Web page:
Just a month after the FDA signed off on the first US study for an off-the-shelf CAR-T therapy from Cellectis $CLLS, its partners at Servier and Pfizer $PFE now have a green light to begin treating patients in the US with UCART19, an allogeneic therapy for acute lymphoblastic leukemia.
Servier and Pfizer have a deal to co-develop UCART19, initially launching their Phase I CALM trial in the UK last summer in CD19-positive B-cell ALL. Now they can begin treating patients at a number of US centers, including the MD Anderson Cancer Center in Houston, a hotbed of cancer drug research.
Currently Kite $KITE and Novartis $NVS are far in the lead in developing the first personalized CAR-T, which reengineers T cells taken from patients into cancer therapies. Both companies are close to completing applications in search of the first FDA approval. Juno lags far behind now after killing its lead program after it was linked to the deaths of 5 patients.
Cellectis, though, is out to prove that it can safely treat cancer patients with a therapy that can be mass manufactured for all patients. By using off-the-shelf T cells, they have to prove that they can do it without triggering a dangerous immune response, which has been an issue in the compassionate use cases followed before. Now this is all being played out in the clinic for the first time.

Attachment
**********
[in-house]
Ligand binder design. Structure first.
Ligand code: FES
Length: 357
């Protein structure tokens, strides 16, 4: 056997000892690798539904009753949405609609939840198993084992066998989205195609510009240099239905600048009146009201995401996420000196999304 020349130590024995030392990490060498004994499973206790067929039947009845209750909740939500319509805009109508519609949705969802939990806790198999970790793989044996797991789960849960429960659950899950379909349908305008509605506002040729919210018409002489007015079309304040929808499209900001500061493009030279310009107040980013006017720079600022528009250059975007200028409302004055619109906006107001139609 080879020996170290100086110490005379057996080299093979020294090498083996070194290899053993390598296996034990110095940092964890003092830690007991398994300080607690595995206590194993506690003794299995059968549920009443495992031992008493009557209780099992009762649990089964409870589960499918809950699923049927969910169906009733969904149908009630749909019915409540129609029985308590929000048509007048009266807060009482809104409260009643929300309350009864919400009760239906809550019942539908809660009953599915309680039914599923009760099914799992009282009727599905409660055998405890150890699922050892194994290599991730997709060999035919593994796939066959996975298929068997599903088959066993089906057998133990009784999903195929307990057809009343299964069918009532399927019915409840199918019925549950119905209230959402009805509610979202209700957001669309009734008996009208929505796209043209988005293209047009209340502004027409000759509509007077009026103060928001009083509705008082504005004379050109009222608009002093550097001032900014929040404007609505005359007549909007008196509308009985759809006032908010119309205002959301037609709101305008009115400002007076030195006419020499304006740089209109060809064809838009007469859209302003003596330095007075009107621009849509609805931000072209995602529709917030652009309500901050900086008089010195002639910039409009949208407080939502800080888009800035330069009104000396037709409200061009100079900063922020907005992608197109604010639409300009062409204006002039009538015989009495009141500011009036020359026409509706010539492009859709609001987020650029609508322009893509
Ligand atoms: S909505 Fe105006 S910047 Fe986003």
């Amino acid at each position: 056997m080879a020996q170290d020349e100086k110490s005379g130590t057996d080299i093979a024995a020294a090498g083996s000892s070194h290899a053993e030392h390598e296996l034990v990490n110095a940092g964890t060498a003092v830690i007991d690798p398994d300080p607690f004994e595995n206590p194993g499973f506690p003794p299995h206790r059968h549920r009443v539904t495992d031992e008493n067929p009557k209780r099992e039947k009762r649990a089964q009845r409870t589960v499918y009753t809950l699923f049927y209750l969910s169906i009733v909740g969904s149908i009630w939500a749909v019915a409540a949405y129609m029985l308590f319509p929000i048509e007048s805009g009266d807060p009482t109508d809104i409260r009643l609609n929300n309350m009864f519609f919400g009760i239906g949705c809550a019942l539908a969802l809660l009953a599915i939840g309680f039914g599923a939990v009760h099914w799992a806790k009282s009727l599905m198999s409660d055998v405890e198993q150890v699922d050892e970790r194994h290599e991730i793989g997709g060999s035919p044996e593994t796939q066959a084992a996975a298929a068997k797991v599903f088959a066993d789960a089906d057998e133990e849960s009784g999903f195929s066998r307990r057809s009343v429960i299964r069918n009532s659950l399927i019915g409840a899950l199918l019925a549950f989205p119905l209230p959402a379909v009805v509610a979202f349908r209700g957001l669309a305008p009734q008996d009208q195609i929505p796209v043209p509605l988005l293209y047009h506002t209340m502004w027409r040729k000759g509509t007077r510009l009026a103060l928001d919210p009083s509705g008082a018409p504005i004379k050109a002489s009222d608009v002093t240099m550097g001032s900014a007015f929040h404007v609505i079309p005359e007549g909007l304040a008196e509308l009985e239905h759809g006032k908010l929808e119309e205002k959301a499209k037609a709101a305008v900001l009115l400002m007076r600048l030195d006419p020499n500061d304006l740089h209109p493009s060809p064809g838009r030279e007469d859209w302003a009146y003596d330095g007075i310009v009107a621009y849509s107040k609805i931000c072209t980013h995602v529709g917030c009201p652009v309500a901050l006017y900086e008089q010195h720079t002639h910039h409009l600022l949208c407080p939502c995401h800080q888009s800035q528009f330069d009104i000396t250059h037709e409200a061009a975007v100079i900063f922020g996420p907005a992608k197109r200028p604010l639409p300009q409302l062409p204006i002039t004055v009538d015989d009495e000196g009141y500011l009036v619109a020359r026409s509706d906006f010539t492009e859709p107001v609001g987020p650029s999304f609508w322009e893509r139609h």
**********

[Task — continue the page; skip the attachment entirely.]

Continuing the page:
Cellectis’ wholly owned UCART123 is a gene-edited T-cell investigational drug that targets CD123, an antigen expressed at the surface of leukemic cells in AML, tumoral cells in BPDCN. The clinical research for AML will be led at Weill Cornell by principal investigator Dr. Gail J. Roboz, sirector of the Clinical and Translational Leukemia Programs. The UCART123 clinical program for BPDCN will be led at the MD Anderson Cancer Center by Dr. Naveen Pemmaraju, an assistant professor, and Professor Hagop Kantarjian, department chair of the Department of Leukemia, Division of Cancer Medicine.
“Pfizer is excited by the potential of this investigational CAR-T approach to treating ALL and other B-Cell malignancies,” said Barbara Sasu, the VP of CAR-T Research at Pfizer. “We are looking forward to having the opportunity to investigate this approach in the U.S.”
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